It is a fundamental belief in Yiddishkeit that the connection between the living and the dead is not interrupted, particularly as regards a tzaddik. On the contrary, one of the tenets of Chabad Chassidus, based on statements in the Zohar, is that a tzaddik can do more for his people after he dies, than while he's alive. After his passing from this world, he is liberated from the restrictions of the physical body, and in a sense his neshamah is even higher and closer to HaShem. So if we need someone to intercede on our behalf, we should definitely daven at the graveside of a tzaddik.
Every person has hidden inner strengths or powers. When life is nice and easy, we do not activate these hidden powers. But in the times of galus (exile), because we do not see overt miracles, and the Shechinah (the Divine Presence) remains hidden from us, our Jewishness has to come much more from the inside, so that our inner powers become revealed. And that is why, throughout the Galus, Jews have always demonstrated mesirus nefesh -- self-sacrifice and martyrdom, which stem from the activation of these hidden inner powers of the soul. We saw times when Jews were slated to be killed, times when they were discriminated against, times when logically you should say, "Well, now they are going to stop being Jews." But they fought and they brought out their connection to HaShem from deep within themselves, from their very essence.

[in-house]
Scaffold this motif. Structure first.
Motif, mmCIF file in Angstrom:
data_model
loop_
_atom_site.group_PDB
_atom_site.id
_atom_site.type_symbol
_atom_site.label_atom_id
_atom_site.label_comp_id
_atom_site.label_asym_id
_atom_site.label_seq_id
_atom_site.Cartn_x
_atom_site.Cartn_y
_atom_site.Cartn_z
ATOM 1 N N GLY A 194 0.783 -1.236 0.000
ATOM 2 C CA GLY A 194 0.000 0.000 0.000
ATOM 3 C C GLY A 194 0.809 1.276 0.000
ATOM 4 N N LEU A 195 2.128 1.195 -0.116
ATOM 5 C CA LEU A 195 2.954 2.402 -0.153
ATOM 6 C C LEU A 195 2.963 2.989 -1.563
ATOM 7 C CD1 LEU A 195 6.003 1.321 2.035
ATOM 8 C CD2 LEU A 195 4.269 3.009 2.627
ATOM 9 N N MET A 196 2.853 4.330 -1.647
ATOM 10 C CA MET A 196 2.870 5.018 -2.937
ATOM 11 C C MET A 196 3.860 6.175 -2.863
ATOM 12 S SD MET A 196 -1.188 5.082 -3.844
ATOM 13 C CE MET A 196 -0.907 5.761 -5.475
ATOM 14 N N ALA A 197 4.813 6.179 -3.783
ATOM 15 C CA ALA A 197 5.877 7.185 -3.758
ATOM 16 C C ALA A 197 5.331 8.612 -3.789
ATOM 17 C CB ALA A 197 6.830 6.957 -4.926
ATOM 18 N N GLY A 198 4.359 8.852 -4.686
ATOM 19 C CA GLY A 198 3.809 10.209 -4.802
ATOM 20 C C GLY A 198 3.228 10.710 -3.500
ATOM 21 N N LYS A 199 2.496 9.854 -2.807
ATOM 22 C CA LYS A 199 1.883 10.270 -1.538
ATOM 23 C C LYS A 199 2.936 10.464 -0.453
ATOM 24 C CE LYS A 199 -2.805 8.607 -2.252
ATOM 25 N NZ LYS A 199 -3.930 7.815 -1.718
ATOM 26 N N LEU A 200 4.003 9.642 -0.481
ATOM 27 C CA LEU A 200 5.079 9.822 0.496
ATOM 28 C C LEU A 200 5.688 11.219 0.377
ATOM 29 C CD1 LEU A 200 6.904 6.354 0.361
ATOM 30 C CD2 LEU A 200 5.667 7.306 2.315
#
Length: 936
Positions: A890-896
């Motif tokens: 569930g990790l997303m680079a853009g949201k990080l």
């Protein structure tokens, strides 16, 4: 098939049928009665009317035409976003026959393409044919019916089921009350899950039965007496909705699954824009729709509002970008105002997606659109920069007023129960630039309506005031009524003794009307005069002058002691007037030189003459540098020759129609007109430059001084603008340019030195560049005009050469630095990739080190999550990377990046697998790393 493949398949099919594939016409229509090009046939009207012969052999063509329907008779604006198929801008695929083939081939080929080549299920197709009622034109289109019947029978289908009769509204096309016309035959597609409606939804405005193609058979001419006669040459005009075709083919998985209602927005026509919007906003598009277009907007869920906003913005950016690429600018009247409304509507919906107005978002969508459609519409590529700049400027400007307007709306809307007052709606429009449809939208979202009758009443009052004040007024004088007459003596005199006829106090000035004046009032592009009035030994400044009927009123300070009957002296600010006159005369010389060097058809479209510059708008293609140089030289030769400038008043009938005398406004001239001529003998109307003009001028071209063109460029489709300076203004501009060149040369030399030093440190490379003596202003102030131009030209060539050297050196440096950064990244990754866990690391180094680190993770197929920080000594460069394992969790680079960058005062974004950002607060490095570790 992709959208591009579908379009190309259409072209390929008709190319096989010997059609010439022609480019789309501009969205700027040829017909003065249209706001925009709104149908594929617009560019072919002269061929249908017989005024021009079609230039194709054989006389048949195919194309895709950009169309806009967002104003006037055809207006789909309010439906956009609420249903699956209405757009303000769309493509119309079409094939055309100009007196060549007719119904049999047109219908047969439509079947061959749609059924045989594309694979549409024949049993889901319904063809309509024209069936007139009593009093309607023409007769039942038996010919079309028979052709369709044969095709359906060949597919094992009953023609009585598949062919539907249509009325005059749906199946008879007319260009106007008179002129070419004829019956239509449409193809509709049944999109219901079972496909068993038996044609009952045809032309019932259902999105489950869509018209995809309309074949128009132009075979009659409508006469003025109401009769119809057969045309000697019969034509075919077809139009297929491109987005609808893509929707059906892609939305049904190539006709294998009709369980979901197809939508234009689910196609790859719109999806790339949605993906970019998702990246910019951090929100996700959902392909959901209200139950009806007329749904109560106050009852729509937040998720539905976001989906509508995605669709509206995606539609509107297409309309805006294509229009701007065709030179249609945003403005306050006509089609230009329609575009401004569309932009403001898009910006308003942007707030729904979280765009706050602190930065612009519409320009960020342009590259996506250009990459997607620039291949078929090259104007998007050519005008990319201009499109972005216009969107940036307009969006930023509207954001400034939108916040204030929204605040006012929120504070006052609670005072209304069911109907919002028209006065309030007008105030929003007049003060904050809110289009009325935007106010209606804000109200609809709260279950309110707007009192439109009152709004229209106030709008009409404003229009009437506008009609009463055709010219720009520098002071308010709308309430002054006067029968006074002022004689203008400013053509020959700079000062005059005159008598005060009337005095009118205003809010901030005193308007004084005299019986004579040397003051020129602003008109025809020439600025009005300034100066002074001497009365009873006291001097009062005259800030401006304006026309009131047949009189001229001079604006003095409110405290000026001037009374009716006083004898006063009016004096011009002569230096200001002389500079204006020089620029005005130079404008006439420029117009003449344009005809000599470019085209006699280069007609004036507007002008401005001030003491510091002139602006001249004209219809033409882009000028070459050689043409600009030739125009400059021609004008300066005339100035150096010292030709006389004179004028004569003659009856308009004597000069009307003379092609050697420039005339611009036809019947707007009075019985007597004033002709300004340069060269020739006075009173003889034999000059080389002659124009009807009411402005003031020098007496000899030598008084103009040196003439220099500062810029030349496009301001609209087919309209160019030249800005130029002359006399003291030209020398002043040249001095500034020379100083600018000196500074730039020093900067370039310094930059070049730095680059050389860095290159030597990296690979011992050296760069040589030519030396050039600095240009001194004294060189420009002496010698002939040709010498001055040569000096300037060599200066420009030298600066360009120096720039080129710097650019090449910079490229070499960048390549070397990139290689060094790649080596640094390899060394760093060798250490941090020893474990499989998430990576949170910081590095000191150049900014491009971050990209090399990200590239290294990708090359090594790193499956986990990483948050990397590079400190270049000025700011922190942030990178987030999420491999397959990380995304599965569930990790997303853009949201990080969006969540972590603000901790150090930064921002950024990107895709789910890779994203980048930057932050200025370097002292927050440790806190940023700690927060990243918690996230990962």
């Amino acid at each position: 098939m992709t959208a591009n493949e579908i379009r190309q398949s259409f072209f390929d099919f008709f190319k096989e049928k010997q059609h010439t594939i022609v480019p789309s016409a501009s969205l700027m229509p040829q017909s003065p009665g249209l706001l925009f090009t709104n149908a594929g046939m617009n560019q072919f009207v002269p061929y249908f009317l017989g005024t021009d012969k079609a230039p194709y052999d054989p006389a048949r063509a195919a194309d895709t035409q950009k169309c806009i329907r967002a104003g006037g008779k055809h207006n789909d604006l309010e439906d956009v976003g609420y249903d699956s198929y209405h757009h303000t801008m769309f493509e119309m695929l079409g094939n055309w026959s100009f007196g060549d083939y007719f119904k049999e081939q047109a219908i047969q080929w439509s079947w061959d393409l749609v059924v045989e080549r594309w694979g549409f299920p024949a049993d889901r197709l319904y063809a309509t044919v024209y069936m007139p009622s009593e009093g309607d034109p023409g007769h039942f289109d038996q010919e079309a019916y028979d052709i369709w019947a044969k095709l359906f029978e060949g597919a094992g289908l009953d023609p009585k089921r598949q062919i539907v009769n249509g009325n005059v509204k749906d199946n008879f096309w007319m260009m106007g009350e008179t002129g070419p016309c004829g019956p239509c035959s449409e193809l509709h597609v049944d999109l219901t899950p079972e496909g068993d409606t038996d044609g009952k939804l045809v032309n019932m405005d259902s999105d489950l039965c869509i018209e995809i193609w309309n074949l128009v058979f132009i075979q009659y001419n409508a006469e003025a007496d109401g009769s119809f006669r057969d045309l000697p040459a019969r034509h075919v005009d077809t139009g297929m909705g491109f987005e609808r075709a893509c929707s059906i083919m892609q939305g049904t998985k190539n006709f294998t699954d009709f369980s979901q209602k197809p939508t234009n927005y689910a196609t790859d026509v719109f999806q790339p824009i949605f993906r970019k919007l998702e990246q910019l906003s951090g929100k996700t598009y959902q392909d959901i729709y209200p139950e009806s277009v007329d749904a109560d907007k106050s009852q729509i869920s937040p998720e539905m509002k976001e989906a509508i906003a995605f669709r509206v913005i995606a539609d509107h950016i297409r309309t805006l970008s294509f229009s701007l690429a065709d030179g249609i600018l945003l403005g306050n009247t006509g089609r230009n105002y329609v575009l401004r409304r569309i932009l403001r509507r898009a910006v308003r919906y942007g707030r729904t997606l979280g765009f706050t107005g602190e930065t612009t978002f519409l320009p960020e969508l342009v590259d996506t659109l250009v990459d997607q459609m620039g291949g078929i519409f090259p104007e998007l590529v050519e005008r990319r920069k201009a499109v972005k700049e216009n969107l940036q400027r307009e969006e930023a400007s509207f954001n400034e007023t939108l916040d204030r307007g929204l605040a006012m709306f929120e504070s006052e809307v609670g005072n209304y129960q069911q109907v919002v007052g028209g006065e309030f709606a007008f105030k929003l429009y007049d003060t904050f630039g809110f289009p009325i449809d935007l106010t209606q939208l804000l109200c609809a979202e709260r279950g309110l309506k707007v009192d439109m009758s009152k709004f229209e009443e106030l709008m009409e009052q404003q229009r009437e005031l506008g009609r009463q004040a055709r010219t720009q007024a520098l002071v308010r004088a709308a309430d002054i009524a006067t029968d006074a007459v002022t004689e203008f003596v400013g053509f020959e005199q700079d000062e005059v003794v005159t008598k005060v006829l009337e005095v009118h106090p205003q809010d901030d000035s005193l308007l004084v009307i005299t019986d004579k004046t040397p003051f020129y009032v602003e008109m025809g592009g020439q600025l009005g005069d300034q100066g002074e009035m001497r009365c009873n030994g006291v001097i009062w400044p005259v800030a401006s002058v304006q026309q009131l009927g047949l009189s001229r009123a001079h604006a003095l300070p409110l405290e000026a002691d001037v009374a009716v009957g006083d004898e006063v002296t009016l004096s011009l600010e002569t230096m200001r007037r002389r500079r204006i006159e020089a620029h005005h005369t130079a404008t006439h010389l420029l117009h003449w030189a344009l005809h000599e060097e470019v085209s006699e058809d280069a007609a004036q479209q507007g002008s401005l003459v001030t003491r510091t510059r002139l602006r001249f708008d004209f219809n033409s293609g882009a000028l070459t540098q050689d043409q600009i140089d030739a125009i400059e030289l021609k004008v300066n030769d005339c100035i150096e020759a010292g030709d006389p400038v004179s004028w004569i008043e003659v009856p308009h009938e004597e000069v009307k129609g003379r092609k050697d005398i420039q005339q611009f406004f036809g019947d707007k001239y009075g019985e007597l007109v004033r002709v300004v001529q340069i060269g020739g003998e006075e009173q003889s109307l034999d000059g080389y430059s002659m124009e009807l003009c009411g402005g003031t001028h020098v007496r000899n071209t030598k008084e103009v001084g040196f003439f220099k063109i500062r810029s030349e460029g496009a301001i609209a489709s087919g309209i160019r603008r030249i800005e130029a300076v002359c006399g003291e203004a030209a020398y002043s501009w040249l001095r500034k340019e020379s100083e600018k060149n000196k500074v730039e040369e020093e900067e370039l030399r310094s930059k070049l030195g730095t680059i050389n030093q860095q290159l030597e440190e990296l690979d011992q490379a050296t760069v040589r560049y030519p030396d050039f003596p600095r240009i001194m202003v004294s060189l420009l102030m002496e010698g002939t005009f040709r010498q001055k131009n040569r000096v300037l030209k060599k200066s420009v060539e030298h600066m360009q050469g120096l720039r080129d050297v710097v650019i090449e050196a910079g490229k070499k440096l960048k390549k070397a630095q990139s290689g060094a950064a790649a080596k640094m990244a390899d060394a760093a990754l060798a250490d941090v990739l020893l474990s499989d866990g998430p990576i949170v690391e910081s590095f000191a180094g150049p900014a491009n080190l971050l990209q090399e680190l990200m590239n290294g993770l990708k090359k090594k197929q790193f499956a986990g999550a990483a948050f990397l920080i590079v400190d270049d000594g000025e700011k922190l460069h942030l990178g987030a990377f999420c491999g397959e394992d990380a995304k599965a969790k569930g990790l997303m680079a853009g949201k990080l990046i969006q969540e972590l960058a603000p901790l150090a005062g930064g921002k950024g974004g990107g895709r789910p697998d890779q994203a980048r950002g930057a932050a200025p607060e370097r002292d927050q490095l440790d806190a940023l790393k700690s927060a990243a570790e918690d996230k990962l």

You can see an example of this in the relationship between a husband and wife: Although they obviously care for each other, since they see each other every day, this deep, caring feeling is not evident on the surface. But when there's a separation and they are far away from each other, then the bond between them becomes revealed. You know, just like when your husband had to go to America for three weeks, then it's, "I'll never scream at him again for the rest of my life." It's only when you're far away that you feel how important it is to be loving and considerate, right? When do you feel these feelings? When you are separated for a while.
This is the nature of galus. As David HaMelech said in Tehillim: "Tzamah lecha nafshi, kama lecha besari..." -- "My soul thirsts for You; my flesh wilts for You." When? Precisely "in a thirsty and weary land, without water." When you are far away from G-d, in exile. When Mashiach comes, we will say, "What idiots we were! We did not take advantage and now it's too late!" In other words, in galus we have opportunities to develop that don't exist when we are not in exile. This is the unique quality of galus and its purpose -- to bring out these hidden powers in order to overcome the darkness. It takes great inner strength to say, "I don't care if you don't like me," and "I'm going to defy the non-Jewish way of life." It's hard to say, "I'm a Jew." But this is the ultimate purpose of galus, and even though all of us would be willing to forego this for the immediate Geulah, this is apparently not what HaShem has wanted up until this very moment. May Mashiach come very, very soon!